This is How Long We Have to Get Serious About Climate Change

We hear all this talk about climate change and the urgency in decreasing our carbon emissions, but how long do we actually have to start changing our actions before it's too late? According to an article published by Nature, we have until 2020 to act in order to have a smooth transition to a low-carbon economy. After that, we will have to take drastic and desperate action to further prevent climate change, and would make the goals set by the Paris Climate Agreement almost impossible to maintain.


According to Sharan Burrow, the General Secretary of the International Trade Union Confederation and a signatory on the Nature article, "2020 is a hard deadline. There's no turning back if we don't bend the emissions curve within three years. There are no jobs on a dead planet."

This is especially problematic since President Trump decided to pull the United States from the Paris Climate Agreement, making the US only one of three countries not to participate (Nicaragua didn't participate because the Agreement didn't go far enough). Trump claimed the Agreement put too much "pressure" on the American economy. Unfortunately, this is an incredibly short-sighted decision and refusing to invest in clean energy will leave the United States in the dust if we do not get on board. Coal and fossil fuels are not only incredibly harmful to the environment, they're finite and inefficient. 


"There's no turning back if we don't bend the emissions curve within three years. There are no jobs on a dead planet" -Sharan Burrow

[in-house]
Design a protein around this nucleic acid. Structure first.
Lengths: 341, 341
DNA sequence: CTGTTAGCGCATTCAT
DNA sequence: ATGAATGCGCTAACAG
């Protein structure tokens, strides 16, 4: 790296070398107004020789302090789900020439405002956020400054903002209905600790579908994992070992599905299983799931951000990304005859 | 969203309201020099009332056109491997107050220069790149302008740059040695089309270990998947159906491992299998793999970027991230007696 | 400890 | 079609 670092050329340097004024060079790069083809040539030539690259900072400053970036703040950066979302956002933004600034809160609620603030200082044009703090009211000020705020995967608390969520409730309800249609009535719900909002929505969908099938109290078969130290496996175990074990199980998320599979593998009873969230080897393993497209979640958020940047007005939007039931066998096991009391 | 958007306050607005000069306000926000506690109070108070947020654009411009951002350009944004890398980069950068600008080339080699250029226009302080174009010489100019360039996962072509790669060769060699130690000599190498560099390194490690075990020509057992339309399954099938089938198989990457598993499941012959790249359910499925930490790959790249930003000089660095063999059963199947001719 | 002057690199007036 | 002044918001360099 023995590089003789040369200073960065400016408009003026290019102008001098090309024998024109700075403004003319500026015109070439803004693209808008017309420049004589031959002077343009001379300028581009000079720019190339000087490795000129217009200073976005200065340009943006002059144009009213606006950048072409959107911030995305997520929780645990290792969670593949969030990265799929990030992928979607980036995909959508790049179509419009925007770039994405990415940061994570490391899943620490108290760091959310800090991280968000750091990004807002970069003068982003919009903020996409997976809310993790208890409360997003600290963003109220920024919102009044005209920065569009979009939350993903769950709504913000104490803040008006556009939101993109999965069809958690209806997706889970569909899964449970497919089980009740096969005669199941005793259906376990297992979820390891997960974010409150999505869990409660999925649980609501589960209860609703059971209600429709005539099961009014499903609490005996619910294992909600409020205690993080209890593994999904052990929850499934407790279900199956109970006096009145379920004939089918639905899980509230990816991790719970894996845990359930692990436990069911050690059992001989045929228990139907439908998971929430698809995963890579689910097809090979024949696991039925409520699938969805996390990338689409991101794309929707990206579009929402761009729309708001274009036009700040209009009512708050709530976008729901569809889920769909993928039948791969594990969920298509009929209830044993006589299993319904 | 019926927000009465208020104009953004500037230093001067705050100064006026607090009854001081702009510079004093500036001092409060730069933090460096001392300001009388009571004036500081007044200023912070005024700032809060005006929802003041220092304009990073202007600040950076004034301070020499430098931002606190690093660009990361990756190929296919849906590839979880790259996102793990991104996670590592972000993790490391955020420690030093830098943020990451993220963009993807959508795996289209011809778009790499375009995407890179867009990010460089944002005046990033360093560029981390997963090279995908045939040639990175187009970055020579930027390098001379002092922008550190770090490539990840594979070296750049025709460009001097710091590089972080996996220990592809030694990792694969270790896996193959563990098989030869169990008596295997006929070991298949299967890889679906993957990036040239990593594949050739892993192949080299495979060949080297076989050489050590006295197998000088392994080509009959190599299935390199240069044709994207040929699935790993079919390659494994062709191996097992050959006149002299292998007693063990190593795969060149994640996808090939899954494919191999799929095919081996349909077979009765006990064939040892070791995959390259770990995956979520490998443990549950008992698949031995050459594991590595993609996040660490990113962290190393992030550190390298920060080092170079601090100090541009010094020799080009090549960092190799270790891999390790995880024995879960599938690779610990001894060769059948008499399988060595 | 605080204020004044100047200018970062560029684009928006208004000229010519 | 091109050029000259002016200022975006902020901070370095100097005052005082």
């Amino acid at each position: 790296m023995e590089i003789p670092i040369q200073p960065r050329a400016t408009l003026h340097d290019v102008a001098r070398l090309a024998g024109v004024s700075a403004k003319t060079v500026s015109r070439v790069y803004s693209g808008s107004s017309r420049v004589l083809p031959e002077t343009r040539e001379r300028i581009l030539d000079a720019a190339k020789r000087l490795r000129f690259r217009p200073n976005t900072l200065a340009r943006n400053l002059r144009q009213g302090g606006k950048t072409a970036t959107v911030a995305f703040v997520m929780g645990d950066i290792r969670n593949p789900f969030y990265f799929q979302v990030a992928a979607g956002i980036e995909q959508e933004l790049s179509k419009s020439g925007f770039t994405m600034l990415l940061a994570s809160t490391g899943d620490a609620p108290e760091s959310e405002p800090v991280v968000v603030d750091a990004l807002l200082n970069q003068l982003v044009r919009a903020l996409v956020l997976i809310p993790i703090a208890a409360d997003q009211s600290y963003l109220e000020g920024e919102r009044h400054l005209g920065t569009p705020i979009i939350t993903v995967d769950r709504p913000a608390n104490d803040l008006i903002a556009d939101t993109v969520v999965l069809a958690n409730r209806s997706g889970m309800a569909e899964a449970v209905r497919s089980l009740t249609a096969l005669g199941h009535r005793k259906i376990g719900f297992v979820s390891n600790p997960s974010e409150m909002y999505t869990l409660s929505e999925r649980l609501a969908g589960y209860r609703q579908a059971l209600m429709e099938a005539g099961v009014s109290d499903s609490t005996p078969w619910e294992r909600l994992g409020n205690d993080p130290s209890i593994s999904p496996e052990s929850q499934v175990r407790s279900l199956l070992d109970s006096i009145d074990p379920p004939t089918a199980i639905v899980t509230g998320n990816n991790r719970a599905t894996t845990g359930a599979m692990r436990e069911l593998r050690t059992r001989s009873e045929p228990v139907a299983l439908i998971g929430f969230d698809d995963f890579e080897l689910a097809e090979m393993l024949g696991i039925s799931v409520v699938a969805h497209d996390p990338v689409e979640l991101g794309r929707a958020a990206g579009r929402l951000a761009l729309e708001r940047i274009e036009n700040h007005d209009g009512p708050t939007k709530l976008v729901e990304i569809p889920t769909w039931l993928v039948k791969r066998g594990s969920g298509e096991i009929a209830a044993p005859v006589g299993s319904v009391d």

According to Steve Cohen, the Executive Director of Columbia University’s Earth Institute, "reducing our commitment to the Paris Agreement, reducing our commitment to the transition to renewable energy, is an act of economic suicide for the United States." "What it would end up doing, frankly, is reduce America’s influence in the rest of the world. So, what you'd see is America's getting out of Paris, China’s going to go and sell renewable energy to Africa. I mean now they're selling them coal, soon they'll be selling them renewable energy because there'll be more money in it.”


Further, according to the article by Nature, while U.S. emissions fell by 3% in 2016, the economy continued to grow by 1.6%. Additionally, in China, emissions fell by 1% while the economy continued to expand by 6.7%. 


So what can you do to do your part in minimizing your carbon footprint and combatting climate change? According to Seth Wynes, a researcher in the Geography Department at the University of British Columbia, the four actions you can take to most effectively combat climate change are as follows: 

  1. Having fewer children

  2. Living without a car

  3. Avoiding transatlantic flights

  4. Eating a plant-based (mostly vegetarian) diet


Yes, these steps seem pretty difficult and maybe unattainable for some (living without a car may not be feasible). But it is important to be conscious of these factors, and implement them when we can and even when it's difficult. Start small - make one less meal with meat per week, or take public transport to get around one day a week. Small changes matter, and they're critical in ensuring the prosperity of our future planet. 


In the words of Lester Brown, "We have not inherited the earth from our fathers, we are borrowing it from our children."


Words: Jacquelyn Z.

Thumbnail Photo: Reuben Wu